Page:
How Does a Defendant Fleeing the Scene of an Accident Impact Your Lawsuit?

If you've been harmed due to the negligence, recklessness, or intentional misconduct of another, then California law may give you a right of action for damages - in car accident scenarios, or otherwise. Hit and run accidents are unfortunately common, and the reasons for their occurrence are manifold: some defendants may simply be anxious and may flee, while others may have insufficient insurance coverage and may flee to avoid personal liability.

Let's take a look at some of the basics for a clearer understanding.

Actions Probative of Negligence

In California, as in most other states, the fact that the defendant fled the scene of an accident is not enough to allow for a presumption of negligence. Instead, the fact that the defendant fled the scene of the accident will serve as probative evidence of negligence. In other words, it can be used to support your claim for negligence, but it is not enough - by itself - to establish that the defendant is liable for your injuries.

For example, suppose that you are injured in a collision with the defendant's car. The defendant flees the scene out of concern that they will be held liable. It may be the case that the defendant was actually not "negligent" given the circumstances. The fact that they fled the scene cannot therefore be used to prove negligence outright. You would have to evaluate other factors to determine the defendant's negligence, such as whether they were speeding or driving while distracted.

Defendant Identification May Be an Issue

It can be quite a challenge to identify the hit and run defendant after they have fled the scene, though not impossible. With the aid of a skilled attorney (and their private investigator partners), you will be able to evaluate the scene of the accident for evidence that may lead to the defendant.

For example, surveillance camera footage may give you the information you need (i.e., license plate numbers, visual identification of the defendant, etc.) to determine who the defendant is and to bring a claim against them for damages. Alternatively, you may be able to speak to eyewitnesses who can identify the vehicle, the look of the defendant, the direction that they fled, and more.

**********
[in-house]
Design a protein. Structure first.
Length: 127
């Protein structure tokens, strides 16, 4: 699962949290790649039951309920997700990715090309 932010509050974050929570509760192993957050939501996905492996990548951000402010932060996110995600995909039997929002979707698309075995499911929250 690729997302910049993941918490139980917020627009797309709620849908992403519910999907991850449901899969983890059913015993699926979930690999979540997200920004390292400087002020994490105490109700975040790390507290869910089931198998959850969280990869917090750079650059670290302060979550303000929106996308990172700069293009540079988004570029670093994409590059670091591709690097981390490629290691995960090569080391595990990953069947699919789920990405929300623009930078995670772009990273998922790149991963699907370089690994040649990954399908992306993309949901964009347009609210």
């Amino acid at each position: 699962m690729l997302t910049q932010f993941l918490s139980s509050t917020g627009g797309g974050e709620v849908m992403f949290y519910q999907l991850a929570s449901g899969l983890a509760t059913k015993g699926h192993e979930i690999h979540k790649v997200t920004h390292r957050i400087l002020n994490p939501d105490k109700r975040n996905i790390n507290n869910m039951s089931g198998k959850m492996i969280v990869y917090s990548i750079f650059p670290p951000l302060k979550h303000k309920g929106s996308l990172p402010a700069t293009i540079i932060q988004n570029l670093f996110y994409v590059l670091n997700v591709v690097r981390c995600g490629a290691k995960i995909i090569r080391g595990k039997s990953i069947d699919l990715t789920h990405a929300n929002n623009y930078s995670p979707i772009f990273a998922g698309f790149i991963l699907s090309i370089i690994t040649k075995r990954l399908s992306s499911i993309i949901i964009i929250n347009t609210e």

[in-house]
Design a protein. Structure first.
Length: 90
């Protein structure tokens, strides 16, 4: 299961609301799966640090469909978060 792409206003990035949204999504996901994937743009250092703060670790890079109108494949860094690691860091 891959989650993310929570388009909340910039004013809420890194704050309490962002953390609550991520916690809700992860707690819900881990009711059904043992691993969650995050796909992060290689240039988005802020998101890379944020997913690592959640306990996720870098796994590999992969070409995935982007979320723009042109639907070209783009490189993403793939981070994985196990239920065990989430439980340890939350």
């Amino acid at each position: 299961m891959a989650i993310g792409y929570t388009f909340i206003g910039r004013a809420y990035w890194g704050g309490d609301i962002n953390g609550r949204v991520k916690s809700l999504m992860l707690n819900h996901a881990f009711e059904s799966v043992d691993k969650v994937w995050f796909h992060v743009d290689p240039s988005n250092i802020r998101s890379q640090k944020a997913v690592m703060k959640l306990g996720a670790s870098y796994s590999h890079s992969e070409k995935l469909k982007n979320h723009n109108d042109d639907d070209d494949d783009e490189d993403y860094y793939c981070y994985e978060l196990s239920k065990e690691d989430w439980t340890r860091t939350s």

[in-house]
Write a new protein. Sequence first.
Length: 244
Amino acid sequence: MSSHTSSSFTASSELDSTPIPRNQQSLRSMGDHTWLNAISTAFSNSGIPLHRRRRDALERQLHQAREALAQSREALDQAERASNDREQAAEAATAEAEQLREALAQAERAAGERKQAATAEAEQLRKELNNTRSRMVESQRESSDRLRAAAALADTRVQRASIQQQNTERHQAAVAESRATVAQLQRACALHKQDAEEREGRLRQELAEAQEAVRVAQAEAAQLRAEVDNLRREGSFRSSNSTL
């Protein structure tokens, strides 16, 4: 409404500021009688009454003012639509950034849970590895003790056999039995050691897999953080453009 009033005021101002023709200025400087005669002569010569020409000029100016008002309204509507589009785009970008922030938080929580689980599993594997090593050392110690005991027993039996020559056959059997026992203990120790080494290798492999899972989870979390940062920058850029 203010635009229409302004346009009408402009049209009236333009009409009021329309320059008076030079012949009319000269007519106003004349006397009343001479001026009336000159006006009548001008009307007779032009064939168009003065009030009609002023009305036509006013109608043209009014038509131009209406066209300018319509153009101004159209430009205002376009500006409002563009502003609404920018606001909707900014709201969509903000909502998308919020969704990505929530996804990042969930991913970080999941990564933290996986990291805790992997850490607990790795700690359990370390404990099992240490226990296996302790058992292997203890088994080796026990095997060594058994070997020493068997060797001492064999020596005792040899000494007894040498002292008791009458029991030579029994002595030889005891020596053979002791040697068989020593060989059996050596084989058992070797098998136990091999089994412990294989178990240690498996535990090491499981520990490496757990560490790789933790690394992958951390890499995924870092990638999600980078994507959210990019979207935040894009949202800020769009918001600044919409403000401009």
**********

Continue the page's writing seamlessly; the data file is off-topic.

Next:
If you identify the defendant, but they choose not to show up to court to litigate, then the court may grant you an automatic judgment in your favor, allowing you to skip over the bulk of the dispute process.

Potential for Punitive Damages

Punitive damages are only rarely awarded in personal injury lawsuits - in California and elsewhere - though it's worth pointing out that courts are entitled to award punitive damages in situations where the defendant's conduct is sufficiently willful, malicious, or egregious. Punitive damages are meant to "punish" the defendant for their egregious behavior (through the imposition of bonus damages, which are awarded on the basis of a multiplier of the actual losses), and to discourage others from doing the same.

Now, in the hit and run context, punitive damages may be applicable. Not all hit and run car accidents necessarily involve willful, malicious, or even egregious conduct. If the defendant was simply frightened and in shock, they may have "fled the scene" without contemplating the reality of the situation and their own responsibilities. This is not uncommon.

Of course, other hit and run accidents involve willful behavior on the part of the defendant to escape before they can be identified. In such circumstances, the court may award punitive damages.

Contact an Experienced Mountain View Car Accident Lawyer for Help

If you have been injured in a hit and run car accident due to the fault of another party, then you may be entitled to significant compensation under California law. Though car accident disputes may seem fairly simple upon first impression, they can involve unique challenges (depending on the circumstances). For example, if the defendant hit you and then fled the scene, then you may struggle to identify them. Once you do identify the defendant, however, you may have an easier time establishing their liability.

Attorney Brian J. O'Grady has decades of experience representing injured plaintiffs involved in a wide range of personal injury disputes, including car accident disputes - whether or not the defendant has engaged in a "hit and run." Here at the Law Offices of Brian J. O'Grady, we are well-equipped to guide you through every stage of litigation. Our approach is fundamentally client-oriented, and as such, we keep the lines of communication open so that we can keep apprised of all relevant (and updated) information - this gives us the ability to personally tailor our arguments to the particularities of a client's case.

Ready to proceed?

Call (650) 318-6131 or request an appointment online to schedule a free and confidential consultation with an experienced Mountain View car accident lawyer at the Law Offices of Brian J. O'Grady today.